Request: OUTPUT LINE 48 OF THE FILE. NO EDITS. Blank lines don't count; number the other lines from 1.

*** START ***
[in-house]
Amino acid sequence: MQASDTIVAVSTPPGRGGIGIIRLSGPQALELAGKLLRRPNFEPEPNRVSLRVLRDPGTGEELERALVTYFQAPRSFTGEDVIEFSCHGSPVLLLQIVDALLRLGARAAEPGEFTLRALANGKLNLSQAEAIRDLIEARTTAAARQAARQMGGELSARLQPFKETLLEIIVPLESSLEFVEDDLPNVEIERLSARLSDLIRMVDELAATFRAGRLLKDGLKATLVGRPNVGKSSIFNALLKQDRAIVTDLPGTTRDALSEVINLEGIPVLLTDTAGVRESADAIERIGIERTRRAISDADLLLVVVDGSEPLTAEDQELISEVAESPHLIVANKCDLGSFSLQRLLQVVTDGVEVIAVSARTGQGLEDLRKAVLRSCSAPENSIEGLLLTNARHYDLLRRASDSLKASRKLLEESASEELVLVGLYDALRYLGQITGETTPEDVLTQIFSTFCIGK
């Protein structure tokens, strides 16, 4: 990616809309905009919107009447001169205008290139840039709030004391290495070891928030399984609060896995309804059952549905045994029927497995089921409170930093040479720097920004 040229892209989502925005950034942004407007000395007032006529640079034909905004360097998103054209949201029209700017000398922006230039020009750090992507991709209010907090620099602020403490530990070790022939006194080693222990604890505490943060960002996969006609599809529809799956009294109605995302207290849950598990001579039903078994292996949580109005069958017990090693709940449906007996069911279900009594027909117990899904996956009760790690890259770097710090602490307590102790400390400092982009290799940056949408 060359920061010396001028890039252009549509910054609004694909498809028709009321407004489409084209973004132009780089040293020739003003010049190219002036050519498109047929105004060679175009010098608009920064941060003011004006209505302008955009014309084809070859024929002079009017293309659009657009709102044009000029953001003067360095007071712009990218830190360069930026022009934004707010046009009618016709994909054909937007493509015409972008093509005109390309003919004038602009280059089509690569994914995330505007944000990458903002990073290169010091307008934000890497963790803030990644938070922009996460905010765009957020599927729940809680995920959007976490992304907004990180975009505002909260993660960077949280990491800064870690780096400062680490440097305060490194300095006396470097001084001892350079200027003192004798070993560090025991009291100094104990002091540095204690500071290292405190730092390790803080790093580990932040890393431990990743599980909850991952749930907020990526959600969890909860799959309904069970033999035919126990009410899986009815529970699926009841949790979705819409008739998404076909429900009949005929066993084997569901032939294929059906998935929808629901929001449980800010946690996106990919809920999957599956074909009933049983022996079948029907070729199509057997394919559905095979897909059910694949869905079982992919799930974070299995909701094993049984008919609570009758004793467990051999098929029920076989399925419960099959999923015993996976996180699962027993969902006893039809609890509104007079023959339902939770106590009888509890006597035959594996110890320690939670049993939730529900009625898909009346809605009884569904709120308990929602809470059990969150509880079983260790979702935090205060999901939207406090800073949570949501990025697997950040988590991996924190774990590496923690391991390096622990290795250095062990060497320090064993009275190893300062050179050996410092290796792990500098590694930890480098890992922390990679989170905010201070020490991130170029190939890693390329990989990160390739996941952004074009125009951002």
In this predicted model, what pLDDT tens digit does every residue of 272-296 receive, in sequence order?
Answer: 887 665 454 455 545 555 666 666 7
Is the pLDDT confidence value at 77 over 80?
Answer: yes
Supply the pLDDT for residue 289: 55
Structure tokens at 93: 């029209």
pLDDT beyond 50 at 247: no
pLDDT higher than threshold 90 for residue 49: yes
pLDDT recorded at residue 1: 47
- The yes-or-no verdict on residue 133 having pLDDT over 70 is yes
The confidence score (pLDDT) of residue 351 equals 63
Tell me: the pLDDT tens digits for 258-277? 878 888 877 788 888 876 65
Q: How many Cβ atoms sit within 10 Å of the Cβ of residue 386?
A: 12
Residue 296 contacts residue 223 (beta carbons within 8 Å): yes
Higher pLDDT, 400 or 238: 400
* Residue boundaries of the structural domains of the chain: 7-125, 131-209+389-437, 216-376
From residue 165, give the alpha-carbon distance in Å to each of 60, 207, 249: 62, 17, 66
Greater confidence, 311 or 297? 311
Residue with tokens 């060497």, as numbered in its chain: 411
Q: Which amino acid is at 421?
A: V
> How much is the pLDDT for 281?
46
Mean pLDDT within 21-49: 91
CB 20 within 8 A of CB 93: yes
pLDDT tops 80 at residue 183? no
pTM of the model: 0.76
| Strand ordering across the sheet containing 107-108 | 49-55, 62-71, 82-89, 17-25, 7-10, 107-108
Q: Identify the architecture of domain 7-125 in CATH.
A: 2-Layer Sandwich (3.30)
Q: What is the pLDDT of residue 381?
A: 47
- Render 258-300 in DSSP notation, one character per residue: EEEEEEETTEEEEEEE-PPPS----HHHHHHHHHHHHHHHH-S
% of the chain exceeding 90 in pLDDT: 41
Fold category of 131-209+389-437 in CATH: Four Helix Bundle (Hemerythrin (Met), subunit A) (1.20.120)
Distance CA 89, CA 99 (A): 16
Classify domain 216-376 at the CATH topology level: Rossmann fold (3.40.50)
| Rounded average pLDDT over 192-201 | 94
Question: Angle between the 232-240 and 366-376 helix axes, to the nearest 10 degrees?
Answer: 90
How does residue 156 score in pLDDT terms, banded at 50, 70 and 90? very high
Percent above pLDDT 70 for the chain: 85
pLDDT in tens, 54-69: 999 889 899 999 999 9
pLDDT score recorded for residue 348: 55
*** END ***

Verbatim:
pLDDT score recorded for residue 348: 55